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These two volumes concern the general aspects of cytology and present a continental point of view in this rapidly changing field. The text is a translation into English, and this fact is readily apparent from the style, which often appears stilted; however, this defect is more than counteracted by the enthusiasm of the author, who is anxious to reveal the practical applications of clinical cytology. Occasionally he seems to go too far in his arguments. The May-Griinwald-Giemsa staining of the smear is given special preference. The first volume describes techniques and applications of hematological cytology, cytology of material aspirated from various organs, and exfoliative cytology The author discusses the value of cytological diagnosis f r the clinician, the general principles of techniques, the relation of smear cytology to the histological methods, and the characteristics of tumor cells. More interesting is the special part in which the author concentrates on the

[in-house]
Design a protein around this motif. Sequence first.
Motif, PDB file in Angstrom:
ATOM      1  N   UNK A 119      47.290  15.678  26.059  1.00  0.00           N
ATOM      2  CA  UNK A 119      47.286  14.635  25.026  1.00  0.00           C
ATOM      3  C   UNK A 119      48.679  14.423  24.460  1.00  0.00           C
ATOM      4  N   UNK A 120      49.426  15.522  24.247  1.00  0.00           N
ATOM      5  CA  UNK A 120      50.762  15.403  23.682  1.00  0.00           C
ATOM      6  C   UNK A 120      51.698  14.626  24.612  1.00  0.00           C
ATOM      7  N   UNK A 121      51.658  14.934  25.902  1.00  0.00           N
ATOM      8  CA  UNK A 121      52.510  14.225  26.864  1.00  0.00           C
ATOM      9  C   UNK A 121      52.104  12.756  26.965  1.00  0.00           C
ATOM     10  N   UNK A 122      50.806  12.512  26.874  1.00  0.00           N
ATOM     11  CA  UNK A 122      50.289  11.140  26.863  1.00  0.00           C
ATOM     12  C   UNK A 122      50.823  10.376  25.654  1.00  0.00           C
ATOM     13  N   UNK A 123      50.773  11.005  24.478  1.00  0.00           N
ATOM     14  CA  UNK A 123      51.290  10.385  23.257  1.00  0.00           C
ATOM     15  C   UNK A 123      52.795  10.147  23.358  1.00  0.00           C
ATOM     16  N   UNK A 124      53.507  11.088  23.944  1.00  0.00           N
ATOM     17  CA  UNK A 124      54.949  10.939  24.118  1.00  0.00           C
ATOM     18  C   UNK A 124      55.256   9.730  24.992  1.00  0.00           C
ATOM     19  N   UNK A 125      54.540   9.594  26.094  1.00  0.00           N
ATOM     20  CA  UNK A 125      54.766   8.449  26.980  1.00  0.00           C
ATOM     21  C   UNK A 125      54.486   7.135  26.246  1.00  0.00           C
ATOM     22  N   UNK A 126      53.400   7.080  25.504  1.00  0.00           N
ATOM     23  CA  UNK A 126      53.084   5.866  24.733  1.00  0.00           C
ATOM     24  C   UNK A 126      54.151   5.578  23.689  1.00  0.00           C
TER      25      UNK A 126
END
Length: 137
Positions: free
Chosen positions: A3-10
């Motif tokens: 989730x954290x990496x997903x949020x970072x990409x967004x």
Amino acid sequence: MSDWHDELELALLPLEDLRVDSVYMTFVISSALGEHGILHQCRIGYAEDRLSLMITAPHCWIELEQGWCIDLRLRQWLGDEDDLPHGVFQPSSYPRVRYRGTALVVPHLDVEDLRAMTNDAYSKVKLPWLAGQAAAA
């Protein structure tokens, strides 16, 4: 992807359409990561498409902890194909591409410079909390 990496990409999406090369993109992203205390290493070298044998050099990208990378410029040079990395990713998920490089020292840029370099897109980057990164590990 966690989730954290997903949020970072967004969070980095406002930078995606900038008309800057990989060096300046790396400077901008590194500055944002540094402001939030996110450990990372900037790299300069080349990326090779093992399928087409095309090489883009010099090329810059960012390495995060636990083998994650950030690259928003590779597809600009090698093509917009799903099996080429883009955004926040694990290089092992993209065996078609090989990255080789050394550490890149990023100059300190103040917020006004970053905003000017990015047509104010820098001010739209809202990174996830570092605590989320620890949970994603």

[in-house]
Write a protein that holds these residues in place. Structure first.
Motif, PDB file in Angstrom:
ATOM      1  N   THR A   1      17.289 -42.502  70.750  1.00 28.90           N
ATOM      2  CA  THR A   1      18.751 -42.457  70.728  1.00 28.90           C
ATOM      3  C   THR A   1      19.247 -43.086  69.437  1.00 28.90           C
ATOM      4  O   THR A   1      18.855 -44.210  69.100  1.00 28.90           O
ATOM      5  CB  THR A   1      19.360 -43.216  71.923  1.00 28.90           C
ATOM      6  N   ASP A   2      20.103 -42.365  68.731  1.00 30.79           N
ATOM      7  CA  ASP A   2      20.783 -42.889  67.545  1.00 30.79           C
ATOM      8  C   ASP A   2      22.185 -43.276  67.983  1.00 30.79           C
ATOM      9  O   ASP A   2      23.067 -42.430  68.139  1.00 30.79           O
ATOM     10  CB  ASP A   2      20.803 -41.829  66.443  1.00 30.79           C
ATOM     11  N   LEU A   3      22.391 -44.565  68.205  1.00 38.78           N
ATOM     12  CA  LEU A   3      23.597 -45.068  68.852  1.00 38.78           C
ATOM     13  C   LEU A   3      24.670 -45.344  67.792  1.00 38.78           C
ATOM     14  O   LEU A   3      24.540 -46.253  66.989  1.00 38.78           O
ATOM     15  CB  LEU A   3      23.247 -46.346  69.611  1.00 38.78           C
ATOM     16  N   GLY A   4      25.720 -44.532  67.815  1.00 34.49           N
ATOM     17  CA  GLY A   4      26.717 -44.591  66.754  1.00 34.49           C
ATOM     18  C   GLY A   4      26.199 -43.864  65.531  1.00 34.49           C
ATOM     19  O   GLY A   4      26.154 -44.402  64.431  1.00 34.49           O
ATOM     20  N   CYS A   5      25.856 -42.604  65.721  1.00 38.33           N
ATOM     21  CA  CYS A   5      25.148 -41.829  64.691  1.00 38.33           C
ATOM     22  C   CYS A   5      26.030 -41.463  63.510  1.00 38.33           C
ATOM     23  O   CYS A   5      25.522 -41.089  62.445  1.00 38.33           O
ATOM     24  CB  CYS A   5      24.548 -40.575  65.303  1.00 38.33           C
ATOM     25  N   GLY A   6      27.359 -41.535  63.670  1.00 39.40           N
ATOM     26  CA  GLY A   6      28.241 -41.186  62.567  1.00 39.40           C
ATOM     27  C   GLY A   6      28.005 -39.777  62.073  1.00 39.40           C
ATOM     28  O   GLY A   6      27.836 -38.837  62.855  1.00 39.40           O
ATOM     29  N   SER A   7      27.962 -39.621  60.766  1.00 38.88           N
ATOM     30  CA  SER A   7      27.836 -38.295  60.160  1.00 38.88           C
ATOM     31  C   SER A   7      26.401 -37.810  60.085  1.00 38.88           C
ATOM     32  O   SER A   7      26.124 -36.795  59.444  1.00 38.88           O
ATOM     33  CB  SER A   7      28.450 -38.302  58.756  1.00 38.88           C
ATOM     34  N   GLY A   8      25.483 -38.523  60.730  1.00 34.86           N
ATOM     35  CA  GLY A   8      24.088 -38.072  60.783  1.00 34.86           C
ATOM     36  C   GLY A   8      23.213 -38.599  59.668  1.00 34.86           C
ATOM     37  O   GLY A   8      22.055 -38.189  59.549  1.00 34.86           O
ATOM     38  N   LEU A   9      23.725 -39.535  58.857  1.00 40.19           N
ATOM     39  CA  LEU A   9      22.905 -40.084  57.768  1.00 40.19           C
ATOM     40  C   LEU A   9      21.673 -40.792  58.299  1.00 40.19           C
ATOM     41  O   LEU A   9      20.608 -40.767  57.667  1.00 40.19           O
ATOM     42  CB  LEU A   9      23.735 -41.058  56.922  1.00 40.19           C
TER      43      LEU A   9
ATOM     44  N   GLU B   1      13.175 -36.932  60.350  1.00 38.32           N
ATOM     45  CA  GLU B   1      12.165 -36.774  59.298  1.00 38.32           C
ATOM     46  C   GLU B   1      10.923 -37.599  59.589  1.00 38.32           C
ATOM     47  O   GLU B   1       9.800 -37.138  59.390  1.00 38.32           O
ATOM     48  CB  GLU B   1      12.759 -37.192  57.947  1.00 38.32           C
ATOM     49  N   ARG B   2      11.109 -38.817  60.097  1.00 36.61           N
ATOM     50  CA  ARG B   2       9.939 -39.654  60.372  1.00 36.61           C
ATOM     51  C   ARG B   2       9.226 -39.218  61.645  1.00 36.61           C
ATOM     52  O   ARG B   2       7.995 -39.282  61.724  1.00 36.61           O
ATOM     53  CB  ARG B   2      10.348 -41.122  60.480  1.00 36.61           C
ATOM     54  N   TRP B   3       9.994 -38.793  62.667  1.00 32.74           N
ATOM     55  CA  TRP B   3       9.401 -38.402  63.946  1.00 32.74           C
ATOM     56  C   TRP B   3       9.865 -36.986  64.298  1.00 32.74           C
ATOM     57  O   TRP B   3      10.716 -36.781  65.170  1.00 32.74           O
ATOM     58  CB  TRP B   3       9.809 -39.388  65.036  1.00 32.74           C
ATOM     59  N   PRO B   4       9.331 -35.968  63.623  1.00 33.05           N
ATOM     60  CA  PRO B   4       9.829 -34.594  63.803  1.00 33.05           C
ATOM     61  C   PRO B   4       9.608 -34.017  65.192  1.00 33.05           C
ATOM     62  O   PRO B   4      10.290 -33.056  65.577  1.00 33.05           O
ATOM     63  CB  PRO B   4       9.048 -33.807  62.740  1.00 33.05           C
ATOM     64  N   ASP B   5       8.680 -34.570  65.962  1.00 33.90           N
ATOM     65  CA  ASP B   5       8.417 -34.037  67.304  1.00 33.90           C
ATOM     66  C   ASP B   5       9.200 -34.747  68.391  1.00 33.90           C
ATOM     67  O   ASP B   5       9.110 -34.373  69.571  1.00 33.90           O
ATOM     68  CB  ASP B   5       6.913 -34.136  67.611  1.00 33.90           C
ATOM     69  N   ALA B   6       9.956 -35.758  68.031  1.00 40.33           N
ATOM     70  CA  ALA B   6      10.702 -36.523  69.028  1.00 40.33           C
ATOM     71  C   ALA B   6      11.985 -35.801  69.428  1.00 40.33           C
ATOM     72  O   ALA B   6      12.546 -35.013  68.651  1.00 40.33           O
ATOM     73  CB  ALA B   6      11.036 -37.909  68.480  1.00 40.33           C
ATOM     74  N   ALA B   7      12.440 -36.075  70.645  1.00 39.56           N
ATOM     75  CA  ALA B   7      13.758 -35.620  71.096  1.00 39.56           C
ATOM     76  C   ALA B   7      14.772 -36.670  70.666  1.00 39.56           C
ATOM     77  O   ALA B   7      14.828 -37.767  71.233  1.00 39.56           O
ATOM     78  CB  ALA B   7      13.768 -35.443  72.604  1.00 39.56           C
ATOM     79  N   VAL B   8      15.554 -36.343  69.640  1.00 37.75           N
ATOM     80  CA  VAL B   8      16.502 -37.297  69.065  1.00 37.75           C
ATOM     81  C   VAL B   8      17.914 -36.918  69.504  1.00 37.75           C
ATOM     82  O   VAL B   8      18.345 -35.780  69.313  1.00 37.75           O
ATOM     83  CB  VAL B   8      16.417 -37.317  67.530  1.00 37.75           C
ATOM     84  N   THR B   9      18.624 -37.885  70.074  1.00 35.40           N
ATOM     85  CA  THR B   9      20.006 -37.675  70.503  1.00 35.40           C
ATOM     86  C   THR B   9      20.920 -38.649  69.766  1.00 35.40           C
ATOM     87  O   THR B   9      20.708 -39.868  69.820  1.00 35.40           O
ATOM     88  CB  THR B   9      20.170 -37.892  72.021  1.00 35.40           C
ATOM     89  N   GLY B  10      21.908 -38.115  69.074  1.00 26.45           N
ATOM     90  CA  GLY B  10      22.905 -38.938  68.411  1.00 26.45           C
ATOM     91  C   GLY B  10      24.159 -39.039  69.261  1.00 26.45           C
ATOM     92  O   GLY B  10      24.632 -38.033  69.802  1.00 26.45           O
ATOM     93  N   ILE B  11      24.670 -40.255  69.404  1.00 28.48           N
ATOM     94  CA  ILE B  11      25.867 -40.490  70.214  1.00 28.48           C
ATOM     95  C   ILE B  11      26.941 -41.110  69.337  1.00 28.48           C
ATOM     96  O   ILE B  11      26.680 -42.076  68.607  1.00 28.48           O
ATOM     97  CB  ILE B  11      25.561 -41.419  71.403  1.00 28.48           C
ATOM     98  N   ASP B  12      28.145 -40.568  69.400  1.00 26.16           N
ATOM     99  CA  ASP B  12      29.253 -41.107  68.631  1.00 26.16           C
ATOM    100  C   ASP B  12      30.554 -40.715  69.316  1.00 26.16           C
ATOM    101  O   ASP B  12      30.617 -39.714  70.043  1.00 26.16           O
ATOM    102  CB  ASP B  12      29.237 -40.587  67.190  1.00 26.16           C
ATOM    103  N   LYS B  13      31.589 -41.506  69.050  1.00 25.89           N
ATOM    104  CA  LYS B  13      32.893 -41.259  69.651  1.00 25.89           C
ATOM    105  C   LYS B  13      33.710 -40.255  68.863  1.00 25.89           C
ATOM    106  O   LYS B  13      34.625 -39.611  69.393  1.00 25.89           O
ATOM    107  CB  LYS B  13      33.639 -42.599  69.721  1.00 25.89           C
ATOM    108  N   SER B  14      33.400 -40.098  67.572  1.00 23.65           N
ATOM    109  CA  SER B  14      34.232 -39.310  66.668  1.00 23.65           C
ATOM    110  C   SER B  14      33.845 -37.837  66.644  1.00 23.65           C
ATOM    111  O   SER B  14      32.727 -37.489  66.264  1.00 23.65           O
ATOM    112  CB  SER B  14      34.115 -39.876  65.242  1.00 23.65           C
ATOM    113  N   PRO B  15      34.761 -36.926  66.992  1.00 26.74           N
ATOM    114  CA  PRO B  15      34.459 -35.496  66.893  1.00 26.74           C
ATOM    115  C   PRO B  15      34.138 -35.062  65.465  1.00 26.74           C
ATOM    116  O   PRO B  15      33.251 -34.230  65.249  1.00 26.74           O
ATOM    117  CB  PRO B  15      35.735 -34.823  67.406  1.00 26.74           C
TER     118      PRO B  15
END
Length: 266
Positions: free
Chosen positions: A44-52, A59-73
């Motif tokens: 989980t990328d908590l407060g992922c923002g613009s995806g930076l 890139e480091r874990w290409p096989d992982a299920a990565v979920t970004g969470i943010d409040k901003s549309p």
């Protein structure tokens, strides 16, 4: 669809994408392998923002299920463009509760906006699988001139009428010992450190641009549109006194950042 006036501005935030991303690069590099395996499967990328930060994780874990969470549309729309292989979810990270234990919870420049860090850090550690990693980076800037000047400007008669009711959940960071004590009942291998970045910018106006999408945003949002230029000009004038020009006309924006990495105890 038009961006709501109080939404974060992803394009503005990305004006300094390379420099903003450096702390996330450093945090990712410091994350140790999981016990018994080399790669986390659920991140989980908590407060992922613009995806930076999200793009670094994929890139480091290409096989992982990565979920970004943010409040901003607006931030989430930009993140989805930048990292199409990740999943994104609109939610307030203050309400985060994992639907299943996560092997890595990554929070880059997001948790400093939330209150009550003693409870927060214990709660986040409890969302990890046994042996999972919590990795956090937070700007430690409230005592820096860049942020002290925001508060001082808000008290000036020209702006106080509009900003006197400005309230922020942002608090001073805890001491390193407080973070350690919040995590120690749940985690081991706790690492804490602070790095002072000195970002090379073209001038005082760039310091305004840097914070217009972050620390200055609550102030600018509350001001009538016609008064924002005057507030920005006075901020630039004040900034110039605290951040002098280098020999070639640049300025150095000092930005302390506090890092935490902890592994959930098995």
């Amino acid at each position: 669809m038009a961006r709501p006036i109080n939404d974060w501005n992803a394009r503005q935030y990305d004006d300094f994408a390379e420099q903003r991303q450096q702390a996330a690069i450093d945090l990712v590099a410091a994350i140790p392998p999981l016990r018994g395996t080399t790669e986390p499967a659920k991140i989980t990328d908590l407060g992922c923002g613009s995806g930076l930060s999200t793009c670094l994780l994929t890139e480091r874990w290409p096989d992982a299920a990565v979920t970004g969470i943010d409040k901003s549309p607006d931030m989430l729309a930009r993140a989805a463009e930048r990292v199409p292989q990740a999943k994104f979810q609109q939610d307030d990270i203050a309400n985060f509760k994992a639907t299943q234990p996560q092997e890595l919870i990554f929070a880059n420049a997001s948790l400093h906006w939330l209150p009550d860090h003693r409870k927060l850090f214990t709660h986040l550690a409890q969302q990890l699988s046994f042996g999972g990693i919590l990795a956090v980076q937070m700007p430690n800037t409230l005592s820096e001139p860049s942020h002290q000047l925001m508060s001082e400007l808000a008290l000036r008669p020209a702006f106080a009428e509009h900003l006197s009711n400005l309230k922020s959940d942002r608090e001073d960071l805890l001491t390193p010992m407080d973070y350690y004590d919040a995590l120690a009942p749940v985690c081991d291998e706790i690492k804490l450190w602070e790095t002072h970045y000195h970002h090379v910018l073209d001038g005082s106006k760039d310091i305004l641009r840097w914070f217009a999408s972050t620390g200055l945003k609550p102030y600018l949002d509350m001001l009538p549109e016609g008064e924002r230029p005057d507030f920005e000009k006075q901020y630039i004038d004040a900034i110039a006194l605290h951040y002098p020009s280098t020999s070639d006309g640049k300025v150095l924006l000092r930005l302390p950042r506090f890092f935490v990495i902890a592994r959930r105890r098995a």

Clinical Cytology Using the May-Griinwald-Giemsa Stained Smear. Volume I: Text. Volume II: Atlas. JAMA. 1955;158(4):355. doi:10.1001/jama.1955.02960040113038
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